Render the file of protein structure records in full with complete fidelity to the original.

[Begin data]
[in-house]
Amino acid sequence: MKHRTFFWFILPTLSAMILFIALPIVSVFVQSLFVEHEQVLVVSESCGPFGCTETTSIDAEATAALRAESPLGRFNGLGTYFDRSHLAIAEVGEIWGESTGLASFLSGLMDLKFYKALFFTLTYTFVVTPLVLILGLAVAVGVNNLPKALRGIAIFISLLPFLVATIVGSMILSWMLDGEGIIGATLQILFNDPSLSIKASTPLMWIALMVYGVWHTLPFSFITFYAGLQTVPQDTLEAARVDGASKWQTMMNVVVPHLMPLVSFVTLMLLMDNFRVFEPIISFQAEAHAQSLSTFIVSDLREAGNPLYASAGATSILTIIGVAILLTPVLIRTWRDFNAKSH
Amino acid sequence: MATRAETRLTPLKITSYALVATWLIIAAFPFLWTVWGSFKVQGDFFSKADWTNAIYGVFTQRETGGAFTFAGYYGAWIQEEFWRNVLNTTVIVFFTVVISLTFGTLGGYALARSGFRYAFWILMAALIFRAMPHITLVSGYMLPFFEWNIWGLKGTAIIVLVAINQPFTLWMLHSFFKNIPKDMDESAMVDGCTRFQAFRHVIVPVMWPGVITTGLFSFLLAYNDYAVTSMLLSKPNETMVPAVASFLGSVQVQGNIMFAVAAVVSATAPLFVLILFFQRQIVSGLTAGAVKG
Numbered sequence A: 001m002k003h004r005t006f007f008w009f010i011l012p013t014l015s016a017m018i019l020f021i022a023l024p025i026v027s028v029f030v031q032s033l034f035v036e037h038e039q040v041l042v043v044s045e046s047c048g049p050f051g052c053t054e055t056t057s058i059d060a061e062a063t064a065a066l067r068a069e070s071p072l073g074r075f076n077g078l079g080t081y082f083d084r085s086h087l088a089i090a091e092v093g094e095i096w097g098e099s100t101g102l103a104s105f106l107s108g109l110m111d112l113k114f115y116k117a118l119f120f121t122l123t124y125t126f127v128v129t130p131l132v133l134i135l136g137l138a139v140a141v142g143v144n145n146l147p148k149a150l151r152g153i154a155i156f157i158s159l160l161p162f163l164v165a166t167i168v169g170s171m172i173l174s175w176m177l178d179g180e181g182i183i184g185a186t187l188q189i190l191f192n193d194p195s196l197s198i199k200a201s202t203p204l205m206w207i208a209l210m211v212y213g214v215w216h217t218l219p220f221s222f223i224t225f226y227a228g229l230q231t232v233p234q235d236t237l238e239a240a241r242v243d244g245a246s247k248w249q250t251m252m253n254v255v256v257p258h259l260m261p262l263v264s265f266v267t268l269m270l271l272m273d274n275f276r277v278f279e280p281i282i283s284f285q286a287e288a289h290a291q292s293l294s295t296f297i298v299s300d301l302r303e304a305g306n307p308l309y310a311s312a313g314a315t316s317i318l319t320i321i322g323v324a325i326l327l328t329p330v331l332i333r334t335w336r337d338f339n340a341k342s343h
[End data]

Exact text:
[in-house]
Amino acid sequence: MKHRTFFWFILPTLSAMILFIALPIVSVFVQSLFVEHEQVLVVSESCGPFGCTETTSIDAEATAALRAESPLGRFNGLGTYFDRSHLAIAEVGEIWGESTGLASFLSGLMDLKFYKALFFTLTYTFVVTPLVLILGLAVAVGVNNLPKALRGIAIFISLLPFLVATIVGSMILSWMLDGEGIIGATLQILFNDPSLSIKASTPLMWIALMVYGVWHTLPFSFITFYAGLQTVPQDTLEAARVDGASKWQTMMNVVVPHLMPLVSFVTLMLLMDNFRVFEPIISFQAEAHAQSLSTFIVSDLREAGNPLYASAGATSILTIIGVAILLTPVLIRTWRDFNAKSH
Amino acid sequence: MATRAETRLTPLKITSYALVATWLIIAAFPFLWTVWGSFKVQGDFFSKADWTNAIYGVFTQRETGGAFTFAGYYGAWIQEEFWRNVLNTTVIVFFTVVISLTFGTLGGYALARSGFRYAFWILMAALIFRAMPHITLVSGYMLPFFEWNIWGLKGTAIIVLVAINQPFTLWMLHSFFKNIPKDMDESAMVDGCTRFQAFRHVIVPVMWPGVITTGLFSFLLAYNDYAVTSMLLSKPNETMVPAVASFLGSVQVQGNIMFAVAAVVSATAPLFVLILFFQRQIVSGLTAGAVKG
Numbered sequence A: 001m002k003h004r005t006f007f008w009f010i011l012p013t014l015s016a017m018i019l020f021i022a023l024p025i026v027s028v029f030v031q032s033l034f035v036e037h038e039q040v041l042v043v044s045e046s047c048g049p050f051g052c053t054e055t056t057s058i059d060a061e062a063t064a065a066l067r068a069e070s071p072l073g074r075f076n077g078l079g080t081y082f083d084r085s086h087l088a089i090a091e092v093g094e095i096w097g098e099s100t101g102l103a104s105f106l107s108g109l110m111d112l113k114f115y116k117a118l119f120f121t122l123t124y125t126f127v128v129t130p131l132v133l134i135l136g137l138a139v140a141v142g143v144n145n146l147p148k149a150l151r152g153i154a155i156f157i158s159l160l161p162f163l164v165a166t167i168v169g170s171m172i173l174s175w176m177l178d179g180e181g182i183i184g185a186t187l188q189i190l191f192n193d194p195s196l197s198i199k200a201s202t203p204l205m206w207i208a209l210m211v212y213g214v215w216h217t218l219p220f221s222f223i224t225f226y227a228g229l230q231t232v233p234q235d236t237l238e239a240a241r242v243d244g245a246s247k248w249q250t251m252m253n254v255v256v257p258h259l260m261p262l263v264s265f266v267t268l269m270l271l272m273d274n275f276r277v278f279e280p281i282i283s284f285q286a287e288a289h290a291q292s293l294s295t296f297i298v299s300d301l302r303e304a305g306n307p308l309y310a311s312a313g314a315t316s317i318l319t320i321i322g323v324a325i326l327l328t329p330v331l332i333r334t335w336r337d338f339n340a341k342s343h